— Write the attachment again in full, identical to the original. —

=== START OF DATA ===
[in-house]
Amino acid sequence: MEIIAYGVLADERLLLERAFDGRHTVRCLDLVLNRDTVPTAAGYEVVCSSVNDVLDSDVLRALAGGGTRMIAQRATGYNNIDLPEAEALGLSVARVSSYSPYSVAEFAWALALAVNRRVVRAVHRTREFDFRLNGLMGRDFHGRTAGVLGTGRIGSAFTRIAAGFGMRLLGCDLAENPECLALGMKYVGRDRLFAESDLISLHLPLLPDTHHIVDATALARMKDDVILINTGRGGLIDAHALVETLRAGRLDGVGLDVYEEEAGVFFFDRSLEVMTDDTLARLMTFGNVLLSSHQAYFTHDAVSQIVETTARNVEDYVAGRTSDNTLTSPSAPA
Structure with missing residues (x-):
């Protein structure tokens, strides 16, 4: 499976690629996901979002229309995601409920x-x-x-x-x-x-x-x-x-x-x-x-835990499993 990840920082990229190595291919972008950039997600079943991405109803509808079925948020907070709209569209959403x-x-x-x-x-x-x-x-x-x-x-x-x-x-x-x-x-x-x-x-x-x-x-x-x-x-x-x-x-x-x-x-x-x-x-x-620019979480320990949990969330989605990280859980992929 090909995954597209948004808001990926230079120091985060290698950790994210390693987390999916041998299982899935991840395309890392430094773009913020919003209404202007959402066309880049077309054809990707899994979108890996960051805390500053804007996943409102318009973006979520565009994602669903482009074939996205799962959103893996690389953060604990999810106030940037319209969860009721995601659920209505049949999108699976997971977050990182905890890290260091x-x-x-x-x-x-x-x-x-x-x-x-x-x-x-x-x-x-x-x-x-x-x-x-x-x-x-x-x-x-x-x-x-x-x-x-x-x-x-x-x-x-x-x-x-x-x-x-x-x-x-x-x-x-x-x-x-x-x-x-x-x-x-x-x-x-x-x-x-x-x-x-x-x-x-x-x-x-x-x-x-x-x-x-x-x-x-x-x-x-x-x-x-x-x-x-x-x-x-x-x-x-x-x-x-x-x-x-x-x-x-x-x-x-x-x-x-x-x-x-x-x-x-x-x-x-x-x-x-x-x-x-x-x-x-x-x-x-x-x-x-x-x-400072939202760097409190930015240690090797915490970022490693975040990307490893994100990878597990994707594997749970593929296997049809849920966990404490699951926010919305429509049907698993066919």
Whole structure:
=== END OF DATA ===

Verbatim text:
[in-house]
Amino acid sequence: MEIIAYGVLADERLLLERAFDGRHTVRCLDLVLNRDTVPTAAGYEVVCSSVNDVLDSDVLRALAGGGTRMIAQRATGYNNIDLPEAEALGLSVARVSSYSPYSVAEFAWALALAVNRRVVRAVHRTREFDFRLNGLMGRDFHGRTAGVLGTGRIGSAFTRIAAGFGMRLLGCDLAENPECLALGMKYVGRDRLFAESDLISLHLPLLPDTHHIVDATALARMKDDVILINTGRGGLIDAHALVETLRAGRLDGVGLDVYEEEAGVFFFDRSLEVMTDDTLARLMTFGNVLLSSHQAYFTHDAVSQIVETTARNVEDYVAGRTSDNTLTSPSAPA
Structure with missing residues (x-):
């Protein structure tokens, strides 16, 4: 499976690629996901979002229309995601409920x-x-x-x-x-x-x-x-x-x-x-x-835990499993 990840920082990229190595291919972008950039997600079943991405109803509808079925948020907070709209569209959403x-x-x-x-x-x-x-x-x-x-x-x-x-x-x-x-x-x-x-x-x-x-x-x-x-x-x-x-x-x-x-x-x-x-x-x-620019979480320990949990969330989605990280859980992929 090909995954597209948004808001990926230079120091985060290698950790994210390693987390999916041998299982899935991840395309890392430094773009913020919003209404202007959402066309880049077309054809990707899994979108890996960051805390500053804007996943409102318009973006979520565009994602669903482009074939996205799962959103893996690389953060604990999810106030940037319209969860009721995601659920209505049949999108699976997971977050990182905890890290260091x-x-x-x-x-x-x-x-x-x-x-x-x-x-x-x-x-x-x-x-x-x-x-x-x-x-x-x-x-x-x-x-x-x-x-x-x-x-x-x-x-x-x-x-x-x-x-x-x-x-x-x-x-x-x-x-x-x-x-x-x-x-x-x-x-x-x-x-x-x-x-x-x-x-x-x-x-x-x-x-x-x-x-x-x-x-x-x-x-x-x-x-x-x-x-x-x-x-x-x-x-x-x-x-x-x-x-x-x-x-x-x-x-x-x-x-x-x-x-x-x-x-x-x-x-x-x-x-x-x-x-x-x-x-x-x-x-x-x-x-x-x-x-400072939202760097409190930015240690090797915490970022490693975040990307490893994100990878597990994707594997749970593929296997049809849920966990404490699951926010919305429509049907698993066919």
Whole structure: